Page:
Gauteng Peace and Development Foundation

Empowerment, training and income generation

Perspective - Helping communities to help themselves
GPDF started in 1994 as people in Gauteng decided to carry on the work of the official peace structures when government funding stopped. They realised the importance of reconciling former enemies and getting them to work together towards reconstruction - peace and development go hand in hand. Because communities were anxious to get started on projects that would improve their situation the Basic Orientation Course (BOC) in Community Development and Project Management came into being. Courses are run when funds are available. The aims include developing social and practical skills to equip participants to manage projects.

GPDF trainers have begun to deliver the Micro MBA
The Micro-MBA Business Training Course enables people to create their own jobs, usually in a small or micro-business to start with. With some 9 million not employed in the formal sector, and half a million first-time job seekers unable to find employment each year the only solution for most is to start up alone. The Micro-MBA programme gives provides 5 days training. The participant has to contribute R50 (£4) and, R500 (£40) comes from the Micro-MBA Bursary Fund. Prospective trainees are screened to assess the viability of their existing or planned business.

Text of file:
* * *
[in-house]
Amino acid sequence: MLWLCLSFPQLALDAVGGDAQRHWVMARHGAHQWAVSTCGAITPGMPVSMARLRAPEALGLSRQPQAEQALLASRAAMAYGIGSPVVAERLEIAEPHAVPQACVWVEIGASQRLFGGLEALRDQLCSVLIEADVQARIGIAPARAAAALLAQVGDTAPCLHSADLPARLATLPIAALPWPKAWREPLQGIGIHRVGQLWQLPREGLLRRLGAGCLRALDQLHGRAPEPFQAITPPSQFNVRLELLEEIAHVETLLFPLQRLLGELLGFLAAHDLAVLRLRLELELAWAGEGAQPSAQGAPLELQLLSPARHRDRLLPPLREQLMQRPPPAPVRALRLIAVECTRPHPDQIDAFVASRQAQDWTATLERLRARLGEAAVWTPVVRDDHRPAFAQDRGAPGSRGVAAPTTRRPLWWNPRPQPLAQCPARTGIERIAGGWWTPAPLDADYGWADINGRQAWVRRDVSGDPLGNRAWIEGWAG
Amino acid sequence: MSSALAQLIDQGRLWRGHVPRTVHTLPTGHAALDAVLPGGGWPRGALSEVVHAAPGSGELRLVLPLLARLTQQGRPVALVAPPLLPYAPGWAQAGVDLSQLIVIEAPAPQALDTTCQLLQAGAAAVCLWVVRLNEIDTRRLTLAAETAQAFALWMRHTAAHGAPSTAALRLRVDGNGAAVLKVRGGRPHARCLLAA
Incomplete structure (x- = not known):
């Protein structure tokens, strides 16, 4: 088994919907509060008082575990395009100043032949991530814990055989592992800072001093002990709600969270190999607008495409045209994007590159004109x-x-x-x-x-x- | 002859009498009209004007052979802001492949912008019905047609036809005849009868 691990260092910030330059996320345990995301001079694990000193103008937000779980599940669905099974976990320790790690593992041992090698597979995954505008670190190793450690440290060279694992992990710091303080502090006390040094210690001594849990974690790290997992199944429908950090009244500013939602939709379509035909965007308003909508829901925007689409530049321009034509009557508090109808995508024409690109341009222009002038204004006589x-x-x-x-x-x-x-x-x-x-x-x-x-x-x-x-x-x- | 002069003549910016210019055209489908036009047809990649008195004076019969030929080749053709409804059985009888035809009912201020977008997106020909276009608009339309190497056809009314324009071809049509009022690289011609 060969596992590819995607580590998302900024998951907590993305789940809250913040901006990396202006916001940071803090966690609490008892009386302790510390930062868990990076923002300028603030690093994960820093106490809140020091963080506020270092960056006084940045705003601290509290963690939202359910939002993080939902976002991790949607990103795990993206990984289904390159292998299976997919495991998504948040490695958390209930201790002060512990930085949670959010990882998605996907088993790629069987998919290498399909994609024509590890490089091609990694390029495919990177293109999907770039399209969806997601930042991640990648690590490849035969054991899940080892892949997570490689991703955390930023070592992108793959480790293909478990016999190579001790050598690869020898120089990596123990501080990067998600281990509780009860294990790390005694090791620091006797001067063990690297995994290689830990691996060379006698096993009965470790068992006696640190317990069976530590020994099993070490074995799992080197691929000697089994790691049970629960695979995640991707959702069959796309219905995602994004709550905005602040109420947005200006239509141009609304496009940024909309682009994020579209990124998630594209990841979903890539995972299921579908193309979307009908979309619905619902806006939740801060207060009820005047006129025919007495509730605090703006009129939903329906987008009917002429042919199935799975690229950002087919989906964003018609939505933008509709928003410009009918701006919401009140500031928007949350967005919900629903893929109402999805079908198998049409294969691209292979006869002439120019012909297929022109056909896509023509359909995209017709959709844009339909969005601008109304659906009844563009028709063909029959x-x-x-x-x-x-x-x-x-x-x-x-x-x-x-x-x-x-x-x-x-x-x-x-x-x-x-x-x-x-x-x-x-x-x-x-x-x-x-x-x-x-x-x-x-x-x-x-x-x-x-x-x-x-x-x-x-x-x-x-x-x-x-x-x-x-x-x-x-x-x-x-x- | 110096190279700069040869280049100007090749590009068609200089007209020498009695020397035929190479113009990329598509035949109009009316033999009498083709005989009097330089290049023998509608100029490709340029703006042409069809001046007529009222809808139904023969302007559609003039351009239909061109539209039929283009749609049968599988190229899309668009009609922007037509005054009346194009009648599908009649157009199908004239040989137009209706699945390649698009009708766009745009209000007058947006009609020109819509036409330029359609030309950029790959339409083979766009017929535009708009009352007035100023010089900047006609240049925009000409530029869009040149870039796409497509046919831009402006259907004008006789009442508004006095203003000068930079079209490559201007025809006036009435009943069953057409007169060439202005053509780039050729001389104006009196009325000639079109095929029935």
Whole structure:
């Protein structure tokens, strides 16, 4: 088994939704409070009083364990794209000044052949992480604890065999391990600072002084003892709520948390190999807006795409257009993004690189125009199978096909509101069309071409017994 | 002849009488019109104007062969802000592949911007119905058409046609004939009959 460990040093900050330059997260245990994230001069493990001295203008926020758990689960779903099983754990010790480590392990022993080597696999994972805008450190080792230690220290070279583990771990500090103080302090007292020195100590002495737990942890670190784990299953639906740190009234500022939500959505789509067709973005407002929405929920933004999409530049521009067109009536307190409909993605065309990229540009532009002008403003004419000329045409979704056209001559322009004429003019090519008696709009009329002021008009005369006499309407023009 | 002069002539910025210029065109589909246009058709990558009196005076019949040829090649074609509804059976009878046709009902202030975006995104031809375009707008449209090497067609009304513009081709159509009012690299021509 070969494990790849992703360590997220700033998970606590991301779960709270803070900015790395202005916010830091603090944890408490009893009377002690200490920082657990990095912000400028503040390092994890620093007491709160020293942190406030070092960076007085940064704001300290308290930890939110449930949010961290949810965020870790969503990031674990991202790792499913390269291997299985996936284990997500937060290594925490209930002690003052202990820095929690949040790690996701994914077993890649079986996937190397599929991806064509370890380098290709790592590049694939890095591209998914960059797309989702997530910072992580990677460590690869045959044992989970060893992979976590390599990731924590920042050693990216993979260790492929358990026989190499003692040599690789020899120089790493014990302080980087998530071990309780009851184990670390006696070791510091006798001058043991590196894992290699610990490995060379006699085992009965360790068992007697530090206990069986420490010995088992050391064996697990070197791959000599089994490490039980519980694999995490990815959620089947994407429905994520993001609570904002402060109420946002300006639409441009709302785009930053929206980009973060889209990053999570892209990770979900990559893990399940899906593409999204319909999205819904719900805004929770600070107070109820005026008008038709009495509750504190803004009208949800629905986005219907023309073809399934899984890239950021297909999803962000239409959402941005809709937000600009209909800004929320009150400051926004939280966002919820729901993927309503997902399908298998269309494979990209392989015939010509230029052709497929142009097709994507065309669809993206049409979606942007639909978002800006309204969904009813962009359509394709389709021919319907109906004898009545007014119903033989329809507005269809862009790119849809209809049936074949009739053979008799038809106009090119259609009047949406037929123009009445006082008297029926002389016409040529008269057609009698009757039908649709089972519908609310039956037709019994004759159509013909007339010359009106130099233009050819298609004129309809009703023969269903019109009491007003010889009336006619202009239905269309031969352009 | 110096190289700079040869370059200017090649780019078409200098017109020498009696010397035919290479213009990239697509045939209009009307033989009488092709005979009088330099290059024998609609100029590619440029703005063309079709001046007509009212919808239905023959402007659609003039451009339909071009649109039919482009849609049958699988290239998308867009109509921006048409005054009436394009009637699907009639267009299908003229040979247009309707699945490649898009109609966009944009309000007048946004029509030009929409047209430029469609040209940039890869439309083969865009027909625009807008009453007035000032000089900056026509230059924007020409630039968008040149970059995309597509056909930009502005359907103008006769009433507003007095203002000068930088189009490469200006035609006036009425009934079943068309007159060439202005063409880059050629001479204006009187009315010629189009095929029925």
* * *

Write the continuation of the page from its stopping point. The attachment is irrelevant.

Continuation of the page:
GPDF


Examples of GPDF projects
These projects equip individuals with skills for life and benefited their communities:

  • Road maintenance and community hall projects.

  •  Brick making has been important in the squatter camp outside Sebokeng

  •  Adult Literacy projects have taught participants how to read and write, learn English as a language, how to fill in forms and to write funding proposals.

  •  Planting grass on a mine dump stopped the sandstorms.

  •  Bakers in the East Rand, selling cakes at a taxi rank, saw enormous business growth after participating in a course. Now they rent premises, operate for 16 hours a day and create jobs for others.

  •  Orange Farm, a huge informal settlement area south of Johannesburg, absorbs people moving to the Gauteng heartland. Temporary shacks appear in an unplanned residential sprawl. On a 2-day BOC for 439 participants in the Orange Farm area, and 45 from the Drieziek Ext 3 community, training was given on how to negotiate with government officials regarding the future of their settlement. Once government agrees a process of formalization of land-use starts. The area is surveyed and stands are allocated for private residential and community use. The Drieziek local committee, successfully negotiated many aspects of the process including surveying the land and the allocation of sites to the approximately 3400 squatters, and helped residents fill out application forms for government housing subsidies.